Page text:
Atomic force microscopy (AFM) employs a very sharp tip to mechanically scan a sample resulting in a 3D representation of its surface. Under ideal conditions, even single atoms can made visisble. Because scanning can also be performed in liquid at ambient temperature, AFM has gained popularity for the investigation of biological samples, still at nanometer resolution. Besides high-resolution imaging, AFM can be used to measure mechanical characteristics of samples. For this, the tip is used to deform the sample and properties such as elasticity, viscosity and adhesion can be measured. The ESRIC AFM has been used to study the roughness and elasticity of surfaces and gels, to image protein complexes and to study the morphology and stiffness of living cells. The latter can be indicative of a cell’s health and allow the measurement of any changes that might occur in disease states.
Figure 1 Left: A wing is showed at macroscale with two different angle-view and distinct colors are seen. In a), the wings appear green but they turn black in b). Right: The nanoscale structure start to be visible in the 25 x 25 μm AFM image d) representing an unique scale. Finally the 10 x 10 μm AFM image e) reveals the approx. 200 nm vertical periodic pattern partly responsible for the apparent color of the butterfly wings.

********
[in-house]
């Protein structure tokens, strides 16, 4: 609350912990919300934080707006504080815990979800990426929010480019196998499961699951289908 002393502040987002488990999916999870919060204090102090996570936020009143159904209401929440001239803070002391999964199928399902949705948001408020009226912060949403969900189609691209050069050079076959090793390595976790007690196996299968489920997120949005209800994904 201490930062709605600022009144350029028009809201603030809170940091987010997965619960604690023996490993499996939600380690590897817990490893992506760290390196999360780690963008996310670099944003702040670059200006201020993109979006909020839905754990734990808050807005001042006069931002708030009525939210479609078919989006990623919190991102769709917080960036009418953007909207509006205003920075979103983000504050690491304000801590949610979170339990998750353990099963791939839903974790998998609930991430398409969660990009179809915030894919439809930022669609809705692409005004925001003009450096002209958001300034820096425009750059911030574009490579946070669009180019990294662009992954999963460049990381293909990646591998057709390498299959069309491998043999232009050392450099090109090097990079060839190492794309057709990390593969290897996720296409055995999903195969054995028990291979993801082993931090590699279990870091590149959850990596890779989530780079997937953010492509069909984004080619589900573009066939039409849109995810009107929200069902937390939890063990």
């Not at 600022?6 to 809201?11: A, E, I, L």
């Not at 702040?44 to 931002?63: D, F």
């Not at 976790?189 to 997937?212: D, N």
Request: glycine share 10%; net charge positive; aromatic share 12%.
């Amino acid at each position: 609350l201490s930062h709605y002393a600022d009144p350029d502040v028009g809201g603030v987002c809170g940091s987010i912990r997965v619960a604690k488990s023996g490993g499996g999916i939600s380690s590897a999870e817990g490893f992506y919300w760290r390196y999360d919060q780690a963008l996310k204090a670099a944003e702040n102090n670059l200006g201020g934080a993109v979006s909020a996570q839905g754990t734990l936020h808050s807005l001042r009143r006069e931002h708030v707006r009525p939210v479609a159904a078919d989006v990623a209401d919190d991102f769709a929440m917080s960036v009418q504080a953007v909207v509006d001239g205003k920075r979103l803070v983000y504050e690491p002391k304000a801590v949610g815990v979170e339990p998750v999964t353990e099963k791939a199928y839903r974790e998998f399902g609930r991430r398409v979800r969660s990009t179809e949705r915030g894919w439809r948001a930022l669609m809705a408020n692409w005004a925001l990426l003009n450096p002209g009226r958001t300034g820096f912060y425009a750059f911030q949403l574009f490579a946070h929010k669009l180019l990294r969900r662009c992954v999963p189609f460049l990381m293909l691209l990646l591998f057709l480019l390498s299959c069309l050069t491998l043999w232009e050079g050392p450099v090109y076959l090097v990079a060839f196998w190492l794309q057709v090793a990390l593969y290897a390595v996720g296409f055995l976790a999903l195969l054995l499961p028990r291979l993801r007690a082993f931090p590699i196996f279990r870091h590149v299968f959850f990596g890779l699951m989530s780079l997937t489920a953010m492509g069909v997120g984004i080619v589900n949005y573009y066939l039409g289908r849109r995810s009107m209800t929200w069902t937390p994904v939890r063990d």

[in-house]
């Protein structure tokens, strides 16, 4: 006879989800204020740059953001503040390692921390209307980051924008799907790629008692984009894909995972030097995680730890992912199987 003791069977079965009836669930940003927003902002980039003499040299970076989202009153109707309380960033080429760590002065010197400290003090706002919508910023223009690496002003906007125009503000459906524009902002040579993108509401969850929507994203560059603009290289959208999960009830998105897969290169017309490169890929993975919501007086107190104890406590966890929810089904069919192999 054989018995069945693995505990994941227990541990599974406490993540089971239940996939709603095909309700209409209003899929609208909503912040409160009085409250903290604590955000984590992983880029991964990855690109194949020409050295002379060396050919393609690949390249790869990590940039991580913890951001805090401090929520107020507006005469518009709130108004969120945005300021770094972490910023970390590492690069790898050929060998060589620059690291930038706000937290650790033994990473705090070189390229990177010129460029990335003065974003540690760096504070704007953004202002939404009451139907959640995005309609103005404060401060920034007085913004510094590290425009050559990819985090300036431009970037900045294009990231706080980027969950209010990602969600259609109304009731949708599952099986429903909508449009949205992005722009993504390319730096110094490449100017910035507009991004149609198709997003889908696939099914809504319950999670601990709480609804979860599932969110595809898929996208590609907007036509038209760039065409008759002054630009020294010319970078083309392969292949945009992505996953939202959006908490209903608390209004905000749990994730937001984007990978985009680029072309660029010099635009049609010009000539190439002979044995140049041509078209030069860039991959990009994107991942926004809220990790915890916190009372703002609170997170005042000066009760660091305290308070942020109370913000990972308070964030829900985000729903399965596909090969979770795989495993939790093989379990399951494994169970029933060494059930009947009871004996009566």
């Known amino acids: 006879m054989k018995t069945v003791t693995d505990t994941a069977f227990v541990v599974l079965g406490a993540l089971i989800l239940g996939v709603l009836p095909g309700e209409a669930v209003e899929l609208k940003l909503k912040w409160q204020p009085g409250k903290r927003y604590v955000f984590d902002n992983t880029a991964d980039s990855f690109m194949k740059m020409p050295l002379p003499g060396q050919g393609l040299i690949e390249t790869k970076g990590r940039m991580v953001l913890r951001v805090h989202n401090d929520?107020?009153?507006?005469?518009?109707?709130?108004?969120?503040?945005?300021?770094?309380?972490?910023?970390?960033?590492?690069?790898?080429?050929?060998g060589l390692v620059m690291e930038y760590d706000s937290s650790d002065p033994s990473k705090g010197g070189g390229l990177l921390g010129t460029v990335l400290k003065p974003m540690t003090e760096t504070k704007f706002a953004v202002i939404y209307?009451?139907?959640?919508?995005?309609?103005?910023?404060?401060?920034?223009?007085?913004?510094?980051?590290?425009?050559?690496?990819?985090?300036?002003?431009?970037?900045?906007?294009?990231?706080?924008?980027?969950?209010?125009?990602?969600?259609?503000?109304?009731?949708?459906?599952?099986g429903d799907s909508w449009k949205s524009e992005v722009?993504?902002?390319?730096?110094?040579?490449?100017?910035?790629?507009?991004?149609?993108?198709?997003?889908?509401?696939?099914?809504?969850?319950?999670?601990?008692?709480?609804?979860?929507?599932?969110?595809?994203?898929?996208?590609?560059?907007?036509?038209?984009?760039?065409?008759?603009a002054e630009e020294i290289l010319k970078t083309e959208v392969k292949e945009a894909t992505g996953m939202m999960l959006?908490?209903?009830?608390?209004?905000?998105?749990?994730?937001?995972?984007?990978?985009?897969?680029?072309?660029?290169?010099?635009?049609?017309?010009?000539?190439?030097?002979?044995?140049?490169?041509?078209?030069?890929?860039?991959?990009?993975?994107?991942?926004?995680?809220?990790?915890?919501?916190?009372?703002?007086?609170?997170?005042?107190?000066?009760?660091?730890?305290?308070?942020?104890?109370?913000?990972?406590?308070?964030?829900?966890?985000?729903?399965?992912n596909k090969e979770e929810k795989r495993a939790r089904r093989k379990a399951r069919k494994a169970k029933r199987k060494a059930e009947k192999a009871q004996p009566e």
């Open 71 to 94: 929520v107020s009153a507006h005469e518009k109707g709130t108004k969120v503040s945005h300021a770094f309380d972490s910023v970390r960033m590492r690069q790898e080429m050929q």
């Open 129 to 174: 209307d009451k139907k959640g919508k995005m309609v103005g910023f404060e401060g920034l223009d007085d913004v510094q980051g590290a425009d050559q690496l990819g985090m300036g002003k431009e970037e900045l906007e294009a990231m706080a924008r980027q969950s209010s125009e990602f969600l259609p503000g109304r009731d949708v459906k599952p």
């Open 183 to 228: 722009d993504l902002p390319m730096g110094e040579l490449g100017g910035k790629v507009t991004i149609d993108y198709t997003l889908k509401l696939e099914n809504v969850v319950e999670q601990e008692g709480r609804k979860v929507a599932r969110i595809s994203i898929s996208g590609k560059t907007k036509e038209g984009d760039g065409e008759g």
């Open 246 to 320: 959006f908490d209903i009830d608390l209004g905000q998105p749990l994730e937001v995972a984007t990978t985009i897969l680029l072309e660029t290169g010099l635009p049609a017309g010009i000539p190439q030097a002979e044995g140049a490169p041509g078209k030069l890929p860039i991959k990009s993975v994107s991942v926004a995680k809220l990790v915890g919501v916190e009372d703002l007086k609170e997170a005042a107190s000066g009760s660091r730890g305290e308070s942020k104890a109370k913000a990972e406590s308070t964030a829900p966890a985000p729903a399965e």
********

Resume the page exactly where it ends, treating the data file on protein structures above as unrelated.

The ESCRIC AFM is optimized for scanning of larger biological samples (tens of micrometers) in liquid and is combined with an optical and fluorescence microscope. Nevertheless, the AFM still provides nanometer resolution on smaller samples such as amyloid fibrils and can be operated in air too.
In addition to creating a quantitative 3D image of your cell surface it is possible to use AFM Force Spectroscopy, which enables you to measure on the nanoscale, properties such as visco-elasticity by recording the response of the cell upon the applied forces
AFM is being used at Heriot-Watt University by Maryam Mohammad Zadeh to measure the mechanical properties of cells.
“Cell elasticity (E) is one of the important mechanical properties, which can be used to determine the state of cell’s health or disease. Cell elasticity can be measured by indenting the cell with a probe of an AFM by applying nano-Newton forces. For a quantitative study of the cell elasticity by AFM, force vs. cell deformation curves are recorded and analysed. These curves contain information about the mechanics of the cell and provide a basis for Young’s elastic modulus estimation (E). An appropriate mechanical model is required to calculate the value of the elastic modulus from the experimental data.”